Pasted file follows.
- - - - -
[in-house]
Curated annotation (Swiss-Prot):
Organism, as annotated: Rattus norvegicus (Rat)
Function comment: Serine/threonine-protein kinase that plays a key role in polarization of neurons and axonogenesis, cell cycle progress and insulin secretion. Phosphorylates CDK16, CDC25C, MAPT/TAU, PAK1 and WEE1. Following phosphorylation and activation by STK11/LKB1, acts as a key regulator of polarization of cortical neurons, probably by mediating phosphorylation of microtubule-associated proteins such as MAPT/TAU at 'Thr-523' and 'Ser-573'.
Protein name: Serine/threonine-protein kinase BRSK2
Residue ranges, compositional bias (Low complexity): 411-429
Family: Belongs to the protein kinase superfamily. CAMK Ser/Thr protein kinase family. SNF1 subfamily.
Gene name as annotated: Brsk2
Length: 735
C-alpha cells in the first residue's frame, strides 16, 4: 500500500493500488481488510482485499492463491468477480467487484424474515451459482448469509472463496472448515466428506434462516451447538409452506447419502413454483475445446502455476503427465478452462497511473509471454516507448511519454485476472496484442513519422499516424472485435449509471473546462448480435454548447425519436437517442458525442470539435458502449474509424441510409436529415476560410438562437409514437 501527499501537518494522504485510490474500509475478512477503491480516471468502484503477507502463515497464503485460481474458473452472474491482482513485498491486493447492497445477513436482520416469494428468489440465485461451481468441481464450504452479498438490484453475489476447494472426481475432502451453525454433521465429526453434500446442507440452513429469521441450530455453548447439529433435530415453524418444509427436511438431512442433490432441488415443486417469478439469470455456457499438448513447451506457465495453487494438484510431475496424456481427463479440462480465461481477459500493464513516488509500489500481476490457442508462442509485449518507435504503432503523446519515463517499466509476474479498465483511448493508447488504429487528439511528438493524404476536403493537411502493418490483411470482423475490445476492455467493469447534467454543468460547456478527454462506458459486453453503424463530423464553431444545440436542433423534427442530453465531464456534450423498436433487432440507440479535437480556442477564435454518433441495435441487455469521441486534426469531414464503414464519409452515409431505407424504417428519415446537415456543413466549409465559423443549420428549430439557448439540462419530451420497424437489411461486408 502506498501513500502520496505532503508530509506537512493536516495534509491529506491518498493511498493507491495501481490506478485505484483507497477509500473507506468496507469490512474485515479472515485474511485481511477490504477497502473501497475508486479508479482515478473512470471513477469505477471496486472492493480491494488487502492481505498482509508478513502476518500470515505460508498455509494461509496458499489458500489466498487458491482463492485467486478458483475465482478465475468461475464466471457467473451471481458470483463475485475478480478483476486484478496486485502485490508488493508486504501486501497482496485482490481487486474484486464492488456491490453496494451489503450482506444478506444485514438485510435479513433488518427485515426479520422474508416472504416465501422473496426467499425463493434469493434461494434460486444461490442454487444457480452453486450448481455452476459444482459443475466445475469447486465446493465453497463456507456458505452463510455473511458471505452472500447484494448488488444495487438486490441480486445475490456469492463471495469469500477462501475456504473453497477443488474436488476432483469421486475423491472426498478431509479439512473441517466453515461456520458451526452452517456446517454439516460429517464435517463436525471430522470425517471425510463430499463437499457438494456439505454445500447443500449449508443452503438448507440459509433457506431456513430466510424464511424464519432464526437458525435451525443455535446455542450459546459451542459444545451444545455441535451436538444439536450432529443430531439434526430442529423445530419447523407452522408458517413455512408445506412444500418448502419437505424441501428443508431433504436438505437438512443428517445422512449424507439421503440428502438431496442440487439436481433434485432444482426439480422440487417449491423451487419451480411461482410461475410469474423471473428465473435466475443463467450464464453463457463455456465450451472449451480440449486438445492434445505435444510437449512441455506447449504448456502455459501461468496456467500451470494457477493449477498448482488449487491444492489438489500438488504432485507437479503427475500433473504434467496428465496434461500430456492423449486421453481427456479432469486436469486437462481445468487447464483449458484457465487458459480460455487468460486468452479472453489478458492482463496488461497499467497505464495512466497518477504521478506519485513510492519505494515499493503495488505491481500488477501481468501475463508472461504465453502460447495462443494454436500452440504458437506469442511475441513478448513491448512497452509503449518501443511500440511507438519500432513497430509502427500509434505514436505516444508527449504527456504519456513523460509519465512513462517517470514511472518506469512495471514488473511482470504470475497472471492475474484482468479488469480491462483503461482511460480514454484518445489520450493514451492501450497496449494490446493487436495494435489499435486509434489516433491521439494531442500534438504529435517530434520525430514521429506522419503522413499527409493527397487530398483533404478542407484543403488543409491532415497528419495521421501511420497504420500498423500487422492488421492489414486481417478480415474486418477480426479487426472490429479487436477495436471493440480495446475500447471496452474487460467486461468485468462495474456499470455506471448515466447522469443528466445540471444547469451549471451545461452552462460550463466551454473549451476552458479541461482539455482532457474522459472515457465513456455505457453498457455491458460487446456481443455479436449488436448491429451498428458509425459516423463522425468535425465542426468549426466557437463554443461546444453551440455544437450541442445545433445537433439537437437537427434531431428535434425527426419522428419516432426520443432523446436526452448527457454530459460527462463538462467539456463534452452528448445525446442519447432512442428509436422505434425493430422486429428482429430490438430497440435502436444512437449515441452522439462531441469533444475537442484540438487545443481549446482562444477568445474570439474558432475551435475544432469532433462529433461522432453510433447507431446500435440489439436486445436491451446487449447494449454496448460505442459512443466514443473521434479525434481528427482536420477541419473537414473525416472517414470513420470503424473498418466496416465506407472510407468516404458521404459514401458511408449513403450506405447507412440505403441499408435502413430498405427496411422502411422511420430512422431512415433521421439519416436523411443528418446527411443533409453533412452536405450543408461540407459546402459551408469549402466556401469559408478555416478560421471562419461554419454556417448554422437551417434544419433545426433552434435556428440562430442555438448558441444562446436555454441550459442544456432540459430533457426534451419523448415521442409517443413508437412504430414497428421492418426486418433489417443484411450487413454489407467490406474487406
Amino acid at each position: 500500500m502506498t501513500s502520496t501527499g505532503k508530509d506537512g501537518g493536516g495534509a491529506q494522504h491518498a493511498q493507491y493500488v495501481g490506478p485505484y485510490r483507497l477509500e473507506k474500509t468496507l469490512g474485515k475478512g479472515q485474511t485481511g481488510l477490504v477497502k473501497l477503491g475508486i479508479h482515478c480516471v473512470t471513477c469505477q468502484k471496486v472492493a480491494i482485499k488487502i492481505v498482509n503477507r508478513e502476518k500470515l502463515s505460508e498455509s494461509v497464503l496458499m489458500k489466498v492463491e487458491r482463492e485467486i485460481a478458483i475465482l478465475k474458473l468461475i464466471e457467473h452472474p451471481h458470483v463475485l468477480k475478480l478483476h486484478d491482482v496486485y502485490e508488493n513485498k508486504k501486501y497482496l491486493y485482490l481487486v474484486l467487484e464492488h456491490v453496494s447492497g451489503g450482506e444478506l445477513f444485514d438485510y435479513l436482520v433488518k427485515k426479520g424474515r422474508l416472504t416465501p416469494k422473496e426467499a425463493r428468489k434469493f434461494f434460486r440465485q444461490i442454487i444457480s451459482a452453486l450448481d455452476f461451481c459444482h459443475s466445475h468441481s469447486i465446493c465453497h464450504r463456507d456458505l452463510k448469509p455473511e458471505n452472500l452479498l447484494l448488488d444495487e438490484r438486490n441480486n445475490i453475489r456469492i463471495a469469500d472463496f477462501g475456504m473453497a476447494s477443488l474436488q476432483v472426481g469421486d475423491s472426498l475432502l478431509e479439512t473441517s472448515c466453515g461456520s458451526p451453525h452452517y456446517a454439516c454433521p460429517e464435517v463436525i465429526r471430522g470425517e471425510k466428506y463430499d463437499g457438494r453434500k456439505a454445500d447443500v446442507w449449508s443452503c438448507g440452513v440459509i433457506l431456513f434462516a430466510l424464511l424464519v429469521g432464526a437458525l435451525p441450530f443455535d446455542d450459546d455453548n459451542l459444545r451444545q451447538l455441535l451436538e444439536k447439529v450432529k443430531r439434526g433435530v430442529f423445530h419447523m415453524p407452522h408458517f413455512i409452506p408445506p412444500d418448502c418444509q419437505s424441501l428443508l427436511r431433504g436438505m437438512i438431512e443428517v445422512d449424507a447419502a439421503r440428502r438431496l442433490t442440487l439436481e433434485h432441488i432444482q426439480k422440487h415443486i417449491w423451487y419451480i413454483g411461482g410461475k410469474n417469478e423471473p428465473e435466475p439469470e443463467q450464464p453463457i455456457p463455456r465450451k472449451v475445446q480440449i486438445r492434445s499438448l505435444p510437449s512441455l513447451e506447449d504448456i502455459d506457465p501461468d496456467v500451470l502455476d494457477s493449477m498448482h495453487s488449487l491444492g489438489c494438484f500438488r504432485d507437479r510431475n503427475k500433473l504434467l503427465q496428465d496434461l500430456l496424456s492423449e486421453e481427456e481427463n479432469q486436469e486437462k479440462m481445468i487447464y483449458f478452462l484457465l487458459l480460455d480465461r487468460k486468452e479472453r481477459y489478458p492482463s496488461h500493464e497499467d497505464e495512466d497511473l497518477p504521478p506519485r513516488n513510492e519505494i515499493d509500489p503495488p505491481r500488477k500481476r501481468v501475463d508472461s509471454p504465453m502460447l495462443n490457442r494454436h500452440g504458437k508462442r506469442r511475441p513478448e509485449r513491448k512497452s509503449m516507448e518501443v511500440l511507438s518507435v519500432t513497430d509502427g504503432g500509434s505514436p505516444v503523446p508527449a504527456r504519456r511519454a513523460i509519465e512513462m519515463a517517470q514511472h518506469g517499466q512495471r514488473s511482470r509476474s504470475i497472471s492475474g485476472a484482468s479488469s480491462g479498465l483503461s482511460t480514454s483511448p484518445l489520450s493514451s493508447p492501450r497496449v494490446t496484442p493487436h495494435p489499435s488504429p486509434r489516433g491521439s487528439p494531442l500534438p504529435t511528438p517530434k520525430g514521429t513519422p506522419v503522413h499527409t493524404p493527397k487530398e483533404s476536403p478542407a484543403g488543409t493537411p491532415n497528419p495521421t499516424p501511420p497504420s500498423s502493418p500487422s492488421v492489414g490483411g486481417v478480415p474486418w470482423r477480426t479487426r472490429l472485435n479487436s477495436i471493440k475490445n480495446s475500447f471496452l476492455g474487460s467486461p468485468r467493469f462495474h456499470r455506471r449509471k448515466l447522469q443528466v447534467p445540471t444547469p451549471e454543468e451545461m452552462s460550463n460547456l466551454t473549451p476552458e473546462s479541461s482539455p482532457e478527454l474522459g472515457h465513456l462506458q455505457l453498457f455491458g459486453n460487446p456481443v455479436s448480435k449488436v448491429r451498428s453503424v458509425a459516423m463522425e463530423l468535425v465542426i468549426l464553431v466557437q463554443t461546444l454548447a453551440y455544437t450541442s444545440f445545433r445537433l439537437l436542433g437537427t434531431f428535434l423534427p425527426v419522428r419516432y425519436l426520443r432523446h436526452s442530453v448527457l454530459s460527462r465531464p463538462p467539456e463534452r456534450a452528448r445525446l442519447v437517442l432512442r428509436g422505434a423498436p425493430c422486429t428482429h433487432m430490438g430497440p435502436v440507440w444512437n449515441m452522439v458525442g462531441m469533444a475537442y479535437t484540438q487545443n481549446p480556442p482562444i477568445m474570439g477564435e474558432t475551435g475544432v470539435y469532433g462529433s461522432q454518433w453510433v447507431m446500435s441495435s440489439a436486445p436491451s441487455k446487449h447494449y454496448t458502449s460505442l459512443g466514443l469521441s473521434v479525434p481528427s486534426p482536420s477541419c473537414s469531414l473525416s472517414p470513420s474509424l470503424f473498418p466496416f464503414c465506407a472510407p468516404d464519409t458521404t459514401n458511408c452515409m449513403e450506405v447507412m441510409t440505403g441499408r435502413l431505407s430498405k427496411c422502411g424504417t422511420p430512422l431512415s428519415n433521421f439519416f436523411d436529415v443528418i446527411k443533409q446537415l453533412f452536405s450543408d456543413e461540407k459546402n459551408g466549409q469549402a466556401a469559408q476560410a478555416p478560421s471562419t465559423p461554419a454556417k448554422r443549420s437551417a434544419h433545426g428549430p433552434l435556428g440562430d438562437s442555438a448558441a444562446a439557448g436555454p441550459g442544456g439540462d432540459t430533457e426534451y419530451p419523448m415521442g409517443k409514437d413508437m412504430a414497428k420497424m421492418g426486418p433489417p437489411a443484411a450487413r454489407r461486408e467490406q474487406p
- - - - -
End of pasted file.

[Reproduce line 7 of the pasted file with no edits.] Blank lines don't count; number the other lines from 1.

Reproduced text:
Family: Belongs to the protein kinase superfamily. CAMK Ser/Thr protein kinase family. SNF1 subfamily.